chapter
14 Pages

Introduction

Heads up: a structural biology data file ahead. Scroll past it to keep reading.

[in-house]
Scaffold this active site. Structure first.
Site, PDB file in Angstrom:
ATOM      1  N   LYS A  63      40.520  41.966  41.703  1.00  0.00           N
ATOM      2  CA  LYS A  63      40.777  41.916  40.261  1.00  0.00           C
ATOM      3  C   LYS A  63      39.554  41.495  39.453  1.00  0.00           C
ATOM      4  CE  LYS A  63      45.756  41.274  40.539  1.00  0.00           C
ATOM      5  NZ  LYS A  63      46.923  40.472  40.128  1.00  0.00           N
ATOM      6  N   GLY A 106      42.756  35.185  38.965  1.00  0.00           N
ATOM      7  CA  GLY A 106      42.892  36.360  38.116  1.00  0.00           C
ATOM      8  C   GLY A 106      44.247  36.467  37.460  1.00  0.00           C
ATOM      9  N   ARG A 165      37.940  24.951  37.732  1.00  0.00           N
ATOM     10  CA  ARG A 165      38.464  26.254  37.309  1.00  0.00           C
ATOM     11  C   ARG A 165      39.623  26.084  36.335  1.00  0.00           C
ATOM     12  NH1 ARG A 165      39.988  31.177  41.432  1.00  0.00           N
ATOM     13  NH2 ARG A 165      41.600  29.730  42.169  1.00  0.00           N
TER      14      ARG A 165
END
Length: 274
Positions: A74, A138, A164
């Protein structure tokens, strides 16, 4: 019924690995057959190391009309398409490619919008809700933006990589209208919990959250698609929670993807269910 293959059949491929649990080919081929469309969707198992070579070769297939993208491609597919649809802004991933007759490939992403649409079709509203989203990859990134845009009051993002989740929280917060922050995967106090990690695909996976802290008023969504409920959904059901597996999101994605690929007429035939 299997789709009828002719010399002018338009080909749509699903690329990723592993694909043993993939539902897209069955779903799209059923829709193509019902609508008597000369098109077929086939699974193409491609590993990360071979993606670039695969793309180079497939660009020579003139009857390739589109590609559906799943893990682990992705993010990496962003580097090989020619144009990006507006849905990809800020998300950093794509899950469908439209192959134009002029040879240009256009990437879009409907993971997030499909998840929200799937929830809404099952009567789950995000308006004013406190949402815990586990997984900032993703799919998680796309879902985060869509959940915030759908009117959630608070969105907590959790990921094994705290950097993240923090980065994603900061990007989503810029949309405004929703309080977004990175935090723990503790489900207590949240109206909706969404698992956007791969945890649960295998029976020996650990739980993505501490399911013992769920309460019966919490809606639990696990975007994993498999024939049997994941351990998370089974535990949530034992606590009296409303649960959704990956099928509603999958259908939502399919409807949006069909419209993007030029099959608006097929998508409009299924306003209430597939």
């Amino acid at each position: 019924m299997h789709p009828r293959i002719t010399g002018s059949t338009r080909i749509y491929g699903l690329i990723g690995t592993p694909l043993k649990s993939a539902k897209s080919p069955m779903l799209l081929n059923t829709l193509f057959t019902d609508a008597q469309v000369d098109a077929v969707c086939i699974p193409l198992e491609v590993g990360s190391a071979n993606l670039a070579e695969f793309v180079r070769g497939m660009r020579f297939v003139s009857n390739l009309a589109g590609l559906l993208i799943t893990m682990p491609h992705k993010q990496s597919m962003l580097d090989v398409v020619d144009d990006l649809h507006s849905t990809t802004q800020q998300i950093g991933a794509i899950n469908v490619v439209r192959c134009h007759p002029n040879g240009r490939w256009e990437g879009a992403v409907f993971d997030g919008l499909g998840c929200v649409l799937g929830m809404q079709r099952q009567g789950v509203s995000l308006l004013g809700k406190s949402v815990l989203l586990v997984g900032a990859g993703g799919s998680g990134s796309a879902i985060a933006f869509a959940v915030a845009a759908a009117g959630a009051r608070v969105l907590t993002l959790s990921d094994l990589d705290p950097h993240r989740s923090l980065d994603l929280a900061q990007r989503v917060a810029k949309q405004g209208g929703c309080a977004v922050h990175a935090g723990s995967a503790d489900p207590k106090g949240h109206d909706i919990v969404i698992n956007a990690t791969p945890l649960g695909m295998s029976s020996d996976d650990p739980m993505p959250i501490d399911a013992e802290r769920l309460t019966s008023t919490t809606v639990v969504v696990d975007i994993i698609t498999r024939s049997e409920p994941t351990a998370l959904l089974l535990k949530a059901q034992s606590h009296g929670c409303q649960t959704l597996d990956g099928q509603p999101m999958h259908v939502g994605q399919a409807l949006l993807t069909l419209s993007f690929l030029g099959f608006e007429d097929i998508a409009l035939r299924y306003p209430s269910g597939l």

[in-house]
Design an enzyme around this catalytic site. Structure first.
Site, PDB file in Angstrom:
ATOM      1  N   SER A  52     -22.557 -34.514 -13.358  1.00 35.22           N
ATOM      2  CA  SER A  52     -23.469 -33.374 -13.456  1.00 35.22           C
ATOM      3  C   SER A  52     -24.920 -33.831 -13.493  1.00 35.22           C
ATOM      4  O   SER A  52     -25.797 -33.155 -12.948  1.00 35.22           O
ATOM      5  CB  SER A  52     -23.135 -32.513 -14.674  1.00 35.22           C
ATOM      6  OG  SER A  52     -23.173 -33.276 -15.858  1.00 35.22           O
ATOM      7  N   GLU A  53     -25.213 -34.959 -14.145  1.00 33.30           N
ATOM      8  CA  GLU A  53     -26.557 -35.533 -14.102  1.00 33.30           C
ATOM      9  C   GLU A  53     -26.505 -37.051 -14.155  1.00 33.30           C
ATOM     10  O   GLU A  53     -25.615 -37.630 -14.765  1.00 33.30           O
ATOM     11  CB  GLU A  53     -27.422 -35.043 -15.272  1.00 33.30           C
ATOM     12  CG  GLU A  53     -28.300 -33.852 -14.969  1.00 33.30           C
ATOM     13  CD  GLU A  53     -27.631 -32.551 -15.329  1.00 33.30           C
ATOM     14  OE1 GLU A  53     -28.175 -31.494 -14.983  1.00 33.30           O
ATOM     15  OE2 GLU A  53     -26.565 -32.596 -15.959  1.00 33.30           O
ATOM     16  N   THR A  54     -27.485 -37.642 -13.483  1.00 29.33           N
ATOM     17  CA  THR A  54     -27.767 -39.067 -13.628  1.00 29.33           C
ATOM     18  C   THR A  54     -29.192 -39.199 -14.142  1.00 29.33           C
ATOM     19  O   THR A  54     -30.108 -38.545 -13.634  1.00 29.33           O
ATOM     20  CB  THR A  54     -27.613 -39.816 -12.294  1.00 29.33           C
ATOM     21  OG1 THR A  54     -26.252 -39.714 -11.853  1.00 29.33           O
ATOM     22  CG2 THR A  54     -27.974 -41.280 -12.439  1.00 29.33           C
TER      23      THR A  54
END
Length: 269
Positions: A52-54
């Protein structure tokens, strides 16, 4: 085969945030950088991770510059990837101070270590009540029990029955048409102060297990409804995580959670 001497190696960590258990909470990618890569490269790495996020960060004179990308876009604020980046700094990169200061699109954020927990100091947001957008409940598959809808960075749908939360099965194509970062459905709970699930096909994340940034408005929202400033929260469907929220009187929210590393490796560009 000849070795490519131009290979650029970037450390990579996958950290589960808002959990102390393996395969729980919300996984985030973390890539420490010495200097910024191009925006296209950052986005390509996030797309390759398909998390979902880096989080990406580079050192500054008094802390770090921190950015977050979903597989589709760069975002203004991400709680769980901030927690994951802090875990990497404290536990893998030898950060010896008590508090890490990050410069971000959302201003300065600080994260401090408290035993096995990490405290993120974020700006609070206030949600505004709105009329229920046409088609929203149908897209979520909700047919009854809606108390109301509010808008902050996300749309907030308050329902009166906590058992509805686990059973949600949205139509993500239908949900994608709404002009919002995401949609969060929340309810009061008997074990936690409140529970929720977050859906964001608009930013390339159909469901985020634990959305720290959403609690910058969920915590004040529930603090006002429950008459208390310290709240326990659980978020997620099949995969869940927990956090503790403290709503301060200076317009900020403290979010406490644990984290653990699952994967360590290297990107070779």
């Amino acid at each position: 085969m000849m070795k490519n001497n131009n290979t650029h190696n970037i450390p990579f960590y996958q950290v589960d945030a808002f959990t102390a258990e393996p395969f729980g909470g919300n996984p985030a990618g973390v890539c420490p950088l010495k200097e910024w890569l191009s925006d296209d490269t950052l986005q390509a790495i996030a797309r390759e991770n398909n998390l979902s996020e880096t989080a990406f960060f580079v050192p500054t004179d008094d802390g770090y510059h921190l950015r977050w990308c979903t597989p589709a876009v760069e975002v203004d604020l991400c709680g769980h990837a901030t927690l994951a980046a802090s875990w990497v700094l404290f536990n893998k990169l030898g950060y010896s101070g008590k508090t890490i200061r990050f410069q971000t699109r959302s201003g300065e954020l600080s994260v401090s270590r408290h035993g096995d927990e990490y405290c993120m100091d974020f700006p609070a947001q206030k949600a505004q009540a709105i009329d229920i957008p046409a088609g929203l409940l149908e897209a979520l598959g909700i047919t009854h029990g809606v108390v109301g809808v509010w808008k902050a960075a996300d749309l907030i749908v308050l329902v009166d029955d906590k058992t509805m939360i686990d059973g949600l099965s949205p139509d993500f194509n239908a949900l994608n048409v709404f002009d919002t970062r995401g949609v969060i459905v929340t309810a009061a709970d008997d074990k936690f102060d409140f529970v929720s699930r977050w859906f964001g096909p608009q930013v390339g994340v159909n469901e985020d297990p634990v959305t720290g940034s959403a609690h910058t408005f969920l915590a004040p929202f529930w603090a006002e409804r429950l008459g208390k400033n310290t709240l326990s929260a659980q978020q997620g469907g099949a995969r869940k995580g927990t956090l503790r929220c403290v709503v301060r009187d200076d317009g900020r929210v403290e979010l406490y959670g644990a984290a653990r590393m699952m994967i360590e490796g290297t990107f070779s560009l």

The Museum of Modern Art (MoMAs) radical assertiveness is, perhaps, its greatest contribution to the development of similar museums. Whereas preceding institutions in New York kept a low profile and their equivalent in other cities had a timid, contradictory or unpremeditated approach in defining their speciality in the latest art, the MoMA became a provoking champion of modernity and boasted its role as such both through its name and activities and through architecture of its new building, inaugurated in 1939. The promising boost of modernity and internationalism which had fostered great museum innovations there at the turn of century was soon undermined by National Socialism in particular and by nationalism in general, which was prevalent in central European cultural policy. The USA, an emerging economic and political power on international scene at the height of the Gilded Age, were no exception as regards the proliferation of museums of contemporary art which was widespread in the rest of the Western world.